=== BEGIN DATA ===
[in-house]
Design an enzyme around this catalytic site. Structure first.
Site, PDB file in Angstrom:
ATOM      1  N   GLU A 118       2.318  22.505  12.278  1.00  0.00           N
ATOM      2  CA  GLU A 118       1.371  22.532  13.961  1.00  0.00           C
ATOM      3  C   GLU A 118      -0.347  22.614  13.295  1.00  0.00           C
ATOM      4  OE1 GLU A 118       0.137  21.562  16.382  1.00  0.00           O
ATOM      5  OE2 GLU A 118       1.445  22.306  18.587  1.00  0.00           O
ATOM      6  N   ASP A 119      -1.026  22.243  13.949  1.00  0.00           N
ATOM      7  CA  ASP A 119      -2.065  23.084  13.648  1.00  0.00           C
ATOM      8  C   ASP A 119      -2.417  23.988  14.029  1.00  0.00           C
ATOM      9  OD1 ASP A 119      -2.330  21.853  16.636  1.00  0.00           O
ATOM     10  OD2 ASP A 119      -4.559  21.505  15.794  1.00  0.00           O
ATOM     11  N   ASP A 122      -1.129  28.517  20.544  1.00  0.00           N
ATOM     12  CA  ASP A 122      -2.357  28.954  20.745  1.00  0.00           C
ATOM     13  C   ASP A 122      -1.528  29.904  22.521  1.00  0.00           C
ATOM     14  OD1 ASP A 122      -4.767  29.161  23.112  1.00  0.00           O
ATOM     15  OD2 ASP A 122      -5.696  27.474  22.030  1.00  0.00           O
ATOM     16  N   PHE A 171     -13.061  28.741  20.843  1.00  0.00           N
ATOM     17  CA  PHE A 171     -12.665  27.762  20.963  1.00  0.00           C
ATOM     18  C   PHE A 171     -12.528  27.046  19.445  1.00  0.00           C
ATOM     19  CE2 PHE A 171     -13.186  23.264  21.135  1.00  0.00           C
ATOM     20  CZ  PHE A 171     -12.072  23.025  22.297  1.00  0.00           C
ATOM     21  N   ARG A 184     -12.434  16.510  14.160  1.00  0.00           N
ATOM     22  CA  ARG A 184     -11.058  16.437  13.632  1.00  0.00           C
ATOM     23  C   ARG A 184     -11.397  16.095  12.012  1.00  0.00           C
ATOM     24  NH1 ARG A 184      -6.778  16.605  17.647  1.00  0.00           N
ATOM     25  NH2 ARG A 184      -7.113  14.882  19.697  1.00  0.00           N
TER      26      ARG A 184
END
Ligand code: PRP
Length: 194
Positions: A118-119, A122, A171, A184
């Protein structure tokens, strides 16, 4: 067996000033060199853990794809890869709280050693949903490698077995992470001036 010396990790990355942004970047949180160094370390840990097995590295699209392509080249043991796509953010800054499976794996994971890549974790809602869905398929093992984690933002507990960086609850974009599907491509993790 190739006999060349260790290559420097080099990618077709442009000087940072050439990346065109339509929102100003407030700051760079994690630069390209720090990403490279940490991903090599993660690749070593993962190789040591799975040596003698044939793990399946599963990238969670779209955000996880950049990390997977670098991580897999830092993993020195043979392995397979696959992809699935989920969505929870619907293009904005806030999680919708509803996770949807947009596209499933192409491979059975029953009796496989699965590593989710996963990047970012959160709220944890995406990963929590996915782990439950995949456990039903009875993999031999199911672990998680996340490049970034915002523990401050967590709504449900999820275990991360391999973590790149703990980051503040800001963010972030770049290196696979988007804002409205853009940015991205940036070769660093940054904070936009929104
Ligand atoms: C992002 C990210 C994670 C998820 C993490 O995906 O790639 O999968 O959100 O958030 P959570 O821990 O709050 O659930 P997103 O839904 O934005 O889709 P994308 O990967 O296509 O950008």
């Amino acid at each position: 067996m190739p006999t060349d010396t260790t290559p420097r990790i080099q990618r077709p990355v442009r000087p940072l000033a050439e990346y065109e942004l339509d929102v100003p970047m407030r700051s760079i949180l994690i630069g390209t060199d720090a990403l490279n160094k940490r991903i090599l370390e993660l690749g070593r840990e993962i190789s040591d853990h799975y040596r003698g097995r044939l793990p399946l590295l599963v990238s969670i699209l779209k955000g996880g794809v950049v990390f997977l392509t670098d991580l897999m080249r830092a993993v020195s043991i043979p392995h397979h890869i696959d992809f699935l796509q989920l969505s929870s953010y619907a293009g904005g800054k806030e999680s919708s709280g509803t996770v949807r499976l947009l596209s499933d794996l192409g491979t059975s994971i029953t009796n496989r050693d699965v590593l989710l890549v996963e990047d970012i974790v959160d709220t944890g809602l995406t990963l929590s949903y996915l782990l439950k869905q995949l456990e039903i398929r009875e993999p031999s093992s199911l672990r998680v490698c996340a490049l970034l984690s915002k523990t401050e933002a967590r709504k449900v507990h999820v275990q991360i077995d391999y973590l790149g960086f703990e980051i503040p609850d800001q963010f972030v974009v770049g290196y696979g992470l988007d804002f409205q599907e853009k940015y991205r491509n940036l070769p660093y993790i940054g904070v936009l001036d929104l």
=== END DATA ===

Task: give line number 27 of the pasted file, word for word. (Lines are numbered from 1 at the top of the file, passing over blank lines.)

ATOM     24  NH1 ARG A 184      -6.778  16.605  17.647  1.00  0.00           N